Thursday, March 5, 2009

Bank of Canada cuts rates

Bank of Canada signals that the rate will remain at this level or lower into 2010 and promises a framework for quantitative easing on April 23rd.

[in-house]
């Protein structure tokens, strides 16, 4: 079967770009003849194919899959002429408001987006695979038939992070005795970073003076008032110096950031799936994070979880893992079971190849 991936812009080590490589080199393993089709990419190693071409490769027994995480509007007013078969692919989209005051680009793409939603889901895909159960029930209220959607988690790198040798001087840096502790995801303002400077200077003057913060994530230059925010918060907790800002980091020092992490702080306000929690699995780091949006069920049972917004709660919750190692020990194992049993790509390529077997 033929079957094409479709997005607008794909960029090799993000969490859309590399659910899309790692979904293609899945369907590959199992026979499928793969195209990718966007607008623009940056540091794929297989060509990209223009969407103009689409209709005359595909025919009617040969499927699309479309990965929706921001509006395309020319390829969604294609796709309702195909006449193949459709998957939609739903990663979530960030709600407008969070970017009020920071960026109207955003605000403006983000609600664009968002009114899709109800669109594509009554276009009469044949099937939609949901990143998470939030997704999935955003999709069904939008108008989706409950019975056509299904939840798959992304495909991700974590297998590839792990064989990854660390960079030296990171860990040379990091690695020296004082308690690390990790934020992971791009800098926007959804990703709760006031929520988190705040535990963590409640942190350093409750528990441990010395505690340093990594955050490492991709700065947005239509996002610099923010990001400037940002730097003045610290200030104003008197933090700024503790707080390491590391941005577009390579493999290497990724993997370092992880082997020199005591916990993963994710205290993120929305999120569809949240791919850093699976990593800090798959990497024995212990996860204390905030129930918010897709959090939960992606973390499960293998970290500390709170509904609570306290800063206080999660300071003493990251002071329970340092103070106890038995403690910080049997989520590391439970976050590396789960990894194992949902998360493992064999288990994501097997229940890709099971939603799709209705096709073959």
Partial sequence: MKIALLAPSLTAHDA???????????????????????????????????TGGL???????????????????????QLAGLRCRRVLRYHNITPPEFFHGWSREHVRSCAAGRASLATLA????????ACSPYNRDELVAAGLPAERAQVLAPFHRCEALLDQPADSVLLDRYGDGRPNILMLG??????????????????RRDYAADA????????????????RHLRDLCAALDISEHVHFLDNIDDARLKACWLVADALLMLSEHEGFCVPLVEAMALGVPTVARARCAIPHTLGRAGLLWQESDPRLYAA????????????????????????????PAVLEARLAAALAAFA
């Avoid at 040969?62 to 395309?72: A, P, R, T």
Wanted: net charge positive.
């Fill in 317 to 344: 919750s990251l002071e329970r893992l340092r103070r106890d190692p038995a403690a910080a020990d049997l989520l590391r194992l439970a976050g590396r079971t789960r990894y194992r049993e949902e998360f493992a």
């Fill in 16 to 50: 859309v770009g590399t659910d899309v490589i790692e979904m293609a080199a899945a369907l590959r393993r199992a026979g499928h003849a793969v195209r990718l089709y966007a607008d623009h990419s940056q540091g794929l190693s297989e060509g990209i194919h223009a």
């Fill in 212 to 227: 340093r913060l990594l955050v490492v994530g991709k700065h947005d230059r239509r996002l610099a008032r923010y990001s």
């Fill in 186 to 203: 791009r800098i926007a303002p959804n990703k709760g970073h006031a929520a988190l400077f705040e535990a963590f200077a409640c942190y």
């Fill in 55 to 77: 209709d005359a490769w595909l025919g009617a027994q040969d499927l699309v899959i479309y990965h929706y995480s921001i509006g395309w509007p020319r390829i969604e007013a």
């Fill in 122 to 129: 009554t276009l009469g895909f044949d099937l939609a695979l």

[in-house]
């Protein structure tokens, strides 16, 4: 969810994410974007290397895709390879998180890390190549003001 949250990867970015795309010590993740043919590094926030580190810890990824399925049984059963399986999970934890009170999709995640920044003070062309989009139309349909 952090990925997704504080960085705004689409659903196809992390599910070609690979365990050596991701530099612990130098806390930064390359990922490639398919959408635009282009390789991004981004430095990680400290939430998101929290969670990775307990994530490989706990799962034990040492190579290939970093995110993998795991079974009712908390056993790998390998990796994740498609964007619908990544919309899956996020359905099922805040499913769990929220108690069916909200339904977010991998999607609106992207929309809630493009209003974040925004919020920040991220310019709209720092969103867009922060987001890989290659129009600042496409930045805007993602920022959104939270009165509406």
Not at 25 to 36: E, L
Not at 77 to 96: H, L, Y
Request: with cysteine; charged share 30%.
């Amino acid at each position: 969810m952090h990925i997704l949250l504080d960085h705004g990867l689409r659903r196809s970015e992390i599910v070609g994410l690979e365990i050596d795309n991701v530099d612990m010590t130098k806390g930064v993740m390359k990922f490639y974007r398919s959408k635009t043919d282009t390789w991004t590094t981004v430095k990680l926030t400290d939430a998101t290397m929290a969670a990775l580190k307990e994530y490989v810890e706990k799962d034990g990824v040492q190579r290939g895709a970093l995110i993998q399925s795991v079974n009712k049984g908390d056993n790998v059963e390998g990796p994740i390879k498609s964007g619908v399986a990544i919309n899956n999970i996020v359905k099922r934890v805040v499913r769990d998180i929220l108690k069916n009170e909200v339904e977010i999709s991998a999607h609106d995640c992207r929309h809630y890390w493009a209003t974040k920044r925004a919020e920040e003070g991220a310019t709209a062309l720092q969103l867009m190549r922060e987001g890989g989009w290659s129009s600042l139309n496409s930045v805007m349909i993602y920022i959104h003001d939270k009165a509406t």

As widely expected, the Bank of Canada delivered a 50 basis point cut, bringing its overnight rate to 0.50%. With the output gap widening, core inflation having tracked below the 2% target, and financial stress persisting, the Bank had every reason to cut. In particular, lending from Canada's core financial institutions perseveres, but wide spreads and tight credit persist on open markets. Recognizing the scarce room for traditional monetary policy to ease, the Bank explicitly cited the possibly of future credit and quantitative easing and promised a framework in its April Monetary Policy Report. Nonetheless, Canada's monetary policy alone cannot cure unresolved systemic risks that continue to plague international financial mar- kets. The Bank's communiqué focused attention to our in- ternational linkages and the external drivers of Canada's recession, noting the particular challenge from "the nature of the U.S. recession, with very weak auto and housing sectors" and the prerequisite of stabilization in global fi- nancial markets before Canada can rebound. The Bank endorsed timely and worldwide resolution of the paralyzing uncertainties around troubled banks' toxic assets as the lynchpin for a return to financial stability. With U.S. consumers dogged by a steep and ongoing contraction, Canada's export sector has drooped behind. The Bank notes the shock to domestic wealth resulting from protracted and deepening financial instability internationally. Going forward, diminished household wealth will weigh down down domestic consumption,further widening the output gap.The Bank believes that "the output gap will not begin to close until early 2010." The Bank's revised outlook for growth will not be clarified until April, and, as of January, the Bank forecast 3.8% growth for 2010. While this will presumably be revised downward, the Bank's 2010 outlook will likely remain optimistic relative to our projected 1.4% rebound (our Quarterly Economic Forecast will be released March 12). The widening output gap will provide an additional downdraft to core inflation, already having tracked below the Bank's 2% target in January. The Bank's announcements have become increasingly transparent, and this communiqué provided a clear statement of its policy stance, relating that "the overnight rate can be expected to remain at this level or lower until there are clear signs that excess capacity is being taken up." Going forward, facing a widening output gap and disinflationary pressures, we see an increasing tilt towards a further 25 basis point cut. This would place the overnight rate's ultimate floor at 0.25%, and we expect not to see the overnight rate raised until the latter half of 2010. Perhaps most important in the communiqué was the statement that quantitative easing is being explicitly examined. Governor Carney has hinted strongly at the Bank's "considerable flexibility" in his recent remarks. The communiqué brought clarity that the Bank was considering such action down the road, but would establish a well considered policy framework before proceeding. Setting an April release date for a framework provides excellent transparency on Bank thinking, but also signals that, if required, less traditional measures will not likely be undertaken until the spring. Grant Bishop,Economist

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